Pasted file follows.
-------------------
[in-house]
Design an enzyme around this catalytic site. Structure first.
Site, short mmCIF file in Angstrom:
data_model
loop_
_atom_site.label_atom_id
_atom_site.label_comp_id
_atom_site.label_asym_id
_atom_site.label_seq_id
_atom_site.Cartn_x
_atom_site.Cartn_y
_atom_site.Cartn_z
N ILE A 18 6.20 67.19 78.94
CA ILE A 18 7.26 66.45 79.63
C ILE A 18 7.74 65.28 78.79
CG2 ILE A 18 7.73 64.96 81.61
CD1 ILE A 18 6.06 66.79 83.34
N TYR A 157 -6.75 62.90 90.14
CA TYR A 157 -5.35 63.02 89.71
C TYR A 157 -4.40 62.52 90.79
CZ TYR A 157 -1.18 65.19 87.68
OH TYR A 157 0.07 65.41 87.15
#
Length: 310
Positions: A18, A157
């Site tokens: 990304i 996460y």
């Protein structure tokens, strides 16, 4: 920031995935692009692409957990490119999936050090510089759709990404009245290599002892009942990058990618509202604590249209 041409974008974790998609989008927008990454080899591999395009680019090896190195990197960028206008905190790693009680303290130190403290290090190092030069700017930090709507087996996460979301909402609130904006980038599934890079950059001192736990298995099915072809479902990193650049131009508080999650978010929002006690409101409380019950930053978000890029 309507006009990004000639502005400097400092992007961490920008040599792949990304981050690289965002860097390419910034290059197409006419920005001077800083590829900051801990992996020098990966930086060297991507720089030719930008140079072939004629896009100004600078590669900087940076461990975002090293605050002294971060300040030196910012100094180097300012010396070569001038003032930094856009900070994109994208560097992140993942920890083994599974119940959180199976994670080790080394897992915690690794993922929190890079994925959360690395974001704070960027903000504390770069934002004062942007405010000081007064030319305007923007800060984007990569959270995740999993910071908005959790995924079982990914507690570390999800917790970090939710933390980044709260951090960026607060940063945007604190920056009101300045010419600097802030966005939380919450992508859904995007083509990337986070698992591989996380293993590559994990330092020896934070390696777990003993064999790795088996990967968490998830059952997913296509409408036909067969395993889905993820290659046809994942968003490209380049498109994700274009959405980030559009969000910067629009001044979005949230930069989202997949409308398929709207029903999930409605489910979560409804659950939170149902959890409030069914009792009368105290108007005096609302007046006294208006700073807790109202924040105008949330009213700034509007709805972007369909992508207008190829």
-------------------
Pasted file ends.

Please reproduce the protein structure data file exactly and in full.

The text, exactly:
[in-house]
Design an enzyme around this catalytic site. Structure first.
Site, short mmCIF file in Angstrom:
data_model
loop_
_atom_site.label_atom_id
_atom_site.label_comp_id
_atom_site.label_asym_id
_atom_site.label_seq_id
_atom_site.Cartn_x
_atom_site.Cartn_y
_atom_site.Cartn_z
N ILE A 18 6.20 67.19 78.94
CA ILE A 18 7.26 66.45 79.63
C ILE A 18 7.74 65.28 78.79
CG2 ILE A 18 7.73 64.96 81.61
CD1 ILE A 18 6.06 66.79 83.34
N TYR A 157 -6.75 62.90 90.14
CA TYR A 157 -5.35 63.02 89.71
C TYR A 157 -4.40 62.52 90.79
CZ TYR A 157 -1.18 65.19 87.68
OH TYR A 157 0.07 65.41 87.15
#
Length: 310
Positions: A18, A157
């Site tokens: 990304i 996460y």
């Protein structure tokens, strides 16, 4: 920031995935692009692409957990490119999936050090510089759709990404009245290599002892009942990058990618509202604590249209 041409974008974790998609989008927008990454080899591999395009680019090896190195990197960028206008905190790693009680303290130190403290290090190092030069700017930090709507087996996460979301909402609130904006980038599934890079950059001192736990298995099915072809479902990193650049131009508080999650978010929002006690409101409380019950930053978000890029 309507006009990004000639502005400097400092992007961490920008040599792949990304981050690289965002860097390419910034290059197409006419920005001077800083590829900051801990992996020098990966930086060297991507720089030719930008140079072939004629896009100004600078590669900087940076461990975002090293605050002294971060300040030196910012100094180097300012010396070569001038003032930094856009900070994109994208560097992140993942920890083994599974119940959180199976994670080790080394897992915690690794993922929190890079994925959360690395974001704070960027903000504390770069934002004062942007405010000081007064030319305007923007800060984007990569959270995740999993910071908005959790995924079982990914507690570390999800917790970090939710933390980044709260951090960026607060940063945007604190920056009101300045010419600097802030966005939380919450992508859904995007083509990337986070698992591989996380293993590559994990330092020896934070390696777990003993064999790795088996990967968490998830059952997913296509409408036909067969395993889905993820290659046809994942968003490209380049498109994700274009959405980030559009969000910067629009001044979005949230930069989202997949409308398929709207029903999930409605489910979560409804659950939170149902959890409030069914009792009368105290108007005096609302007046006294208006700073807790109202924040105008949330009213700034509007709805972007369909992508207008190829």